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6 thoughts on “‘Splendor at Risk’ still the refrain for Hood Canal

  1. Creation of Hood Canal: Splendor at Risk has great memories for me. Working with the staff of the Sun to produce that reporting project was a highlight of a 33-year career as a daily newspaper journalist. Congratulations to Chris … here’s to the memory.

  2. Congratulations Chris, friends and colleagues of Chris’ for all your hardwork and dedication to such important enviro issues! You deserve nothing less than a standing ovation from the entire Puget Sound/Hood Canal community. A great big applause of appreciation to all those special folks who have been directly and indirectly involved with bringing light to such a disconcerting issue where Hood Canal and all our waterways are concerned. Many of us out here have a great appreciation of your dedication in covering the issues, your intellectual writings and the science you bring back to us even if we don’t always get a chance to tell you. A sincere thanks and a standing ovation also go to Kitsap Sun for keeping up this most important “telling of our waterways times” reporter! Chris, you’ve been awesome! Always on it, always dedicated to the truth and in there asking the hard questions. We look forward to your next 20 year anniversary too.
    Thanks also to those who helped get this most important book online! How cool is that?!
    I will be sharing it to all I know!
    Signed, Mom 😉
    (not really!) but “a” Mom and Earth Steward

  3. Several years ago I made a short video about some of the research being done in Hood Canal—it offered a unique perspective, showing some of the science from below the surface of the water, showing some the things that many people hear about but never get to see. It also has interviews with Jan Newton and Dan Hannafious. This was intended to be part of a larger documentary, but I was never able to find funding to expand it.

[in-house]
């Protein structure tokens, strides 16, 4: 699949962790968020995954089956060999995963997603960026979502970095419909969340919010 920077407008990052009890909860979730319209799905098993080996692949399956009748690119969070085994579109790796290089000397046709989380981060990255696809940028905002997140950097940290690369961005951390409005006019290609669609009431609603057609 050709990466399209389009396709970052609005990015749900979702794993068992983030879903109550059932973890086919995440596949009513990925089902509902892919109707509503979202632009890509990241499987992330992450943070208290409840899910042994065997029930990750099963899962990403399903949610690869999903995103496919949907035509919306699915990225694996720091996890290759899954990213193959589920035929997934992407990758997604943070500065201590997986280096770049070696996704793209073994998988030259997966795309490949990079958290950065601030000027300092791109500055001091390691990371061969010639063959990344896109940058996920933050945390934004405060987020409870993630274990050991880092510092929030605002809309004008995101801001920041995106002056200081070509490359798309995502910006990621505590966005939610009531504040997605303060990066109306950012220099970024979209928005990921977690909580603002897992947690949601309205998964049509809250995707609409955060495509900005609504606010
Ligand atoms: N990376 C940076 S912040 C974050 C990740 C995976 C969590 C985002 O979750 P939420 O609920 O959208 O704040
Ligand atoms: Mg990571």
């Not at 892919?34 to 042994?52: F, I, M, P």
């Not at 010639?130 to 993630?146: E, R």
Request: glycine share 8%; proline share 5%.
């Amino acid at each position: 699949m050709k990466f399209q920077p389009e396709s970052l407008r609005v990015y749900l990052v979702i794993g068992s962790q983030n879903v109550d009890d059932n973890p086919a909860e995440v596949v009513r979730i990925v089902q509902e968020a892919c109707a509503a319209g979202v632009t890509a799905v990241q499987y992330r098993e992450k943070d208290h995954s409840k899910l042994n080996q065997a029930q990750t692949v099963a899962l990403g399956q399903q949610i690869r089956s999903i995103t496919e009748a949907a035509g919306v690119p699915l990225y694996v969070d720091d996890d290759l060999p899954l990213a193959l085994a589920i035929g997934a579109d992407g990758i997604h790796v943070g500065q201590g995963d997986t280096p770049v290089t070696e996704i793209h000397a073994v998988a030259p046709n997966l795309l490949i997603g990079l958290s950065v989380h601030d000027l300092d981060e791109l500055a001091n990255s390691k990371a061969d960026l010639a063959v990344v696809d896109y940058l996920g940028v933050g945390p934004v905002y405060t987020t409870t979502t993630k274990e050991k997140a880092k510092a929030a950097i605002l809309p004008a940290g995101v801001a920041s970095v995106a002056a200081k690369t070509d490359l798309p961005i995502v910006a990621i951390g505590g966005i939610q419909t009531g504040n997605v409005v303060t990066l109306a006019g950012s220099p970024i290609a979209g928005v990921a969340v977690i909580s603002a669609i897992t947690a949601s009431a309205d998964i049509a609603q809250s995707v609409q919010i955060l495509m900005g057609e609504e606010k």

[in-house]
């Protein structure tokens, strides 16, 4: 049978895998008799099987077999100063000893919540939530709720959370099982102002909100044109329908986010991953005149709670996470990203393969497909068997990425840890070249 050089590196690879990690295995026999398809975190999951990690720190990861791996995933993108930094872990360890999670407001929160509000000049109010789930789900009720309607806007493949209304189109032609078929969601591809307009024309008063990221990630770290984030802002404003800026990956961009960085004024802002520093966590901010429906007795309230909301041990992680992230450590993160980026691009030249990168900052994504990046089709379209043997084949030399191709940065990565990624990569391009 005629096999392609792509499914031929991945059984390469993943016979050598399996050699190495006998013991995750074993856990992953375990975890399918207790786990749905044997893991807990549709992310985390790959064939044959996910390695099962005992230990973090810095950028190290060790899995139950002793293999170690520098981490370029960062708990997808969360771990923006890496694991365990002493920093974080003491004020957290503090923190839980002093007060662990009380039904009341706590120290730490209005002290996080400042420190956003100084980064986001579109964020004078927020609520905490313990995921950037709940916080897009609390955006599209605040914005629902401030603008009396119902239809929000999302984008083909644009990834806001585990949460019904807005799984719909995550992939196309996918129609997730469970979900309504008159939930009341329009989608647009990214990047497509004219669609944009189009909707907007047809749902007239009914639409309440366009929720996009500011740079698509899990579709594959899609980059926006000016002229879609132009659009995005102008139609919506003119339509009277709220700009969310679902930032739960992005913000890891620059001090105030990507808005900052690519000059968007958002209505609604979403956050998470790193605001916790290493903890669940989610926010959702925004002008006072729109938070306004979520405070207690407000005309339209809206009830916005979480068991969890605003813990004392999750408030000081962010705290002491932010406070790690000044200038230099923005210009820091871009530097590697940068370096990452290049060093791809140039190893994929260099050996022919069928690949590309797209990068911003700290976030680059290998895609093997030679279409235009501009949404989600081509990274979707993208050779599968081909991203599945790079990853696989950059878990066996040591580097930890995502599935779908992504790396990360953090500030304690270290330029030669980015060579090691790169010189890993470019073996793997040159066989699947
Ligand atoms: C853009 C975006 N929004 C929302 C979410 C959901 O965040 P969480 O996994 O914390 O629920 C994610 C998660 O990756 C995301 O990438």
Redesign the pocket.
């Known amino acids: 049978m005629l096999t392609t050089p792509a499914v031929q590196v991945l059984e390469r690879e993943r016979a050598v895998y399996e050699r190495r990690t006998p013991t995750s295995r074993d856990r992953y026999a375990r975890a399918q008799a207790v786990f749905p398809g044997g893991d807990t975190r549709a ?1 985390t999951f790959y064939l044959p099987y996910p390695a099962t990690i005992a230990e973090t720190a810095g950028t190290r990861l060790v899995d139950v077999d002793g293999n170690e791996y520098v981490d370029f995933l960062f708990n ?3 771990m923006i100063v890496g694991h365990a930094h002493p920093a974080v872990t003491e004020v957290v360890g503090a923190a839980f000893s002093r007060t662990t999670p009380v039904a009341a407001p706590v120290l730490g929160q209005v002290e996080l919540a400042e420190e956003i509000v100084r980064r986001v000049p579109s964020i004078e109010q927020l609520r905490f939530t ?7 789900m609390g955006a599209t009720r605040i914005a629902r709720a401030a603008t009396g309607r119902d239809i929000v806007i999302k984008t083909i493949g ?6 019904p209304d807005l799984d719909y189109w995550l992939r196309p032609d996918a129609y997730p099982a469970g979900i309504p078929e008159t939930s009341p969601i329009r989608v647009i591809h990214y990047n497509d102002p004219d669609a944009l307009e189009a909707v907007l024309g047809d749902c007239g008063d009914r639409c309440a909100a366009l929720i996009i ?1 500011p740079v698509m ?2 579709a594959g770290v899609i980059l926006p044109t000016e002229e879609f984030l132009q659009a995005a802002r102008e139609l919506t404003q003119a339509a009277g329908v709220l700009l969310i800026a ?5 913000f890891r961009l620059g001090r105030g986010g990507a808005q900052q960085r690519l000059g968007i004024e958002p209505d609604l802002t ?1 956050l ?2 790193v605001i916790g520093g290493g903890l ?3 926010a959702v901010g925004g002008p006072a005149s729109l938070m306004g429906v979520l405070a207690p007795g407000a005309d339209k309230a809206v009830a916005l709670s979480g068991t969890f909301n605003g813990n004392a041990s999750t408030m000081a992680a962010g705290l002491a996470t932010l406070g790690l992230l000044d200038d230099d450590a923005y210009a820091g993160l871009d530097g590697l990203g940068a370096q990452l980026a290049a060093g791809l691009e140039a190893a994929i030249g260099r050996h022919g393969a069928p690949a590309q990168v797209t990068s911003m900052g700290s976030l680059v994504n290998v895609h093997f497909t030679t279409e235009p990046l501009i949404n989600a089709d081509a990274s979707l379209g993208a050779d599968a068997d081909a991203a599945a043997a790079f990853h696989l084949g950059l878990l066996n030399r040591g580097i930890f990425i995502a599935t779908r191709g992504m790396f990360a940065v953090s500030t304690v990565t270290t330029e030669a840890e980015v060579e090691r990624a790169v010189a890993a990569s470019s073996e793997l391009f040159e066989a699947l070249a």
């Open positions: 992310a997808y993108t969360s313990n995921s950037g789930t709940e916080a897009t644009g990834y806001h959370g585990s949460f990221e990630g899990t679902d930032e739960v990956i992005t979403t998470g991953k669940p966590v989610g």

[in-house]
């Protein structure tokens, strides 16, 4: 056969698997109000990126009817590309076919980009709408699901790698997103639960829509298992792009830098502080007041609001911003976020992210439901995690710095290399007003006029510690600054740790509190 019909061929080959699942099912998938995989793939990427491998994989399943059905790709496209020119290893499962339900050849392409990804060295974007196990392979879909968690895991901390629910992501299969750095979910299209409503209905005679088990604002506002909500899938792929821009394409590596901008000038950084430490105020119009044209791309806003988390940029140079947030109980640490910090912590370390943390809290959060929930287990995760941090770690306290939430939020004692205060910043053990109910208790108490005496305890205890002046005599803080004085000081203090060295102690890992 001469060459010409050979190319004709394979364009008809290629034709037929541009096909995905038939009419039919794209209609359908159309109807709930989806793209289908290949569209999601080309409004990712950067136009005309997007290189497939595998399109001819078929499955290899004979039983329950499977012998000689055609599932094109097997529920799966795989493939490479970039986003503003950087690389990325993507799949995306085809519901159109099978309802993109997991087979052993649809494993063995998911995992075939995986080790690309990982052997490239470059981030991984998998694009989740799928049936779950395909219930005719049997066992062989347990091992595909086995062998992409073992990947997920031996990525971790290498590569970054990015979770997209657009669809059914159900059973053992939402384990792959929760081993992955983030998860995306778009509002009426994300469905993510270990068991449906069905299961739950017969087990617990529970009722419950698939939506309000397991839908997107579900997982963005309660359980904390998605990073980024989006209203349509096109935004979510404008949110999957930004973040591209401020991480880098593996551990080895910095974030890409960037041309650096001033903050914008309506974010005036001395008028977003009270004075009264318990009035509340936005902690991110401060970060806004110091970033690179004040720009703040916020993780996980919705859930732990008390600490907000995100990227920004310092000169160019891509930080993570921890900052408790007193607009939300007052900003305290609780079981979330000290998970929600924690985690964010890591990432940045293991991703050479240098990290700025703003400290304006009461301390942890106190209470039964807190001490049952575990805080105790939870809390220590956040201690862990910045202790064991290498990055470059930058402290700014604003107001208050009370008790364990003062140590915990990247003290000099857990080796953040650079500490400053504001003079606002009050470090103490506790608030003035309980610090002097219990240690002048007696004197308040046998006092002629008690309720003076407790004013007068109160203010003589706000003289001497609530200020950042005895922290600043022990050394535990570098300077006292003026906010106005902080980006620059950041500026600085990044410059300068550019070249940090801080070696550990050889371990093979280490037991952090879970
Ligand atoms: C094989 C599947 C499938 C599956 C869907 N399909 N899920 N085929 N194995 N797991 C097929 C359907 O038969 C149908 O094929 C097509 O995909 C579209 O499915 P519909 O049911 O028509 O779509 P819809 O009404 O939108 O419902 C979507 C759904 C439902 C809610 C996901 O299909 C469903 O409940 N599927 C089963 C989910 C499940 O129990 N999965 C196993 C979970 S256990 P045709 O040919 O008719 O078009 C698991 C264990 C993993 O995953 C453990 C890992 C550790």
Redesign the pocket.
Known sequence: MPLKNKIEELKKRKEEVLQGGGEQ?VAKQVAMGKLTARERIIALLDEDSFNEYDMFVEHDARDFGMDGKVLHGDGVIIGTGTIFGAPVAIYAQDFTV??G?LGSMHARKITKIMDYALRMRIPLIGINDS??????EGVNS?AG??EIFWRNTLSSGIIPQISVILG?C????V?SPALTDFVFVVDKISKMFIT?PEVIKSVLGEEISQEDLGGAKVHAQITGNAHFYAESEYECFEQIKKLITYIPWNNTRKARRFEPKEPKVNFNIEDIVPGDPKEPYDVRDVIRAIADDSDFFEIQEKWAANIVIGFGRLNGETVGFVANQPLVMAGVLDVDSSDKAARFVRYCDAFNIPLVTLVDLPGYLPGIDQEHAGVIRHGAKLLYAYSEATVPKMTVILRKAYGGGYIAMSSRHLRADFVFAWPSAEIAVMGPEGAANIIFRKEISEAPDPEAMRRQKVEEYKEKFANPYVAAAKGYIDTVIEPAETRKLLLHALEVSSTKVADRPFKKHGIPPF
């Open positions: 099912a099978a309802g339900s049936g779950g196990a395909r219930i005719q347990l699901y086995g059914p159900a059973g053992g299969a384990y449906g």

This 14 minute version is available for download at:


  4. The fact that it is “still the refrain” doesn’t speak too well for those researchers who have built careers (not) solving the problems. (Of course, solving the problems is bad for the budget…)

  5. With all due respect, I don’t think researchers can be blamed for development that has taken place over 100 years and continues throughout the watershed. Researchers may be able to tell you, if asked, what the problems are and what is likely to happen under various future scenarios. But all of us who live and work in the watershed are responsible for the changes taking place.

  6. So, if the research has no impact on the situation (and is given a pass on results) why should we continue to fund it?

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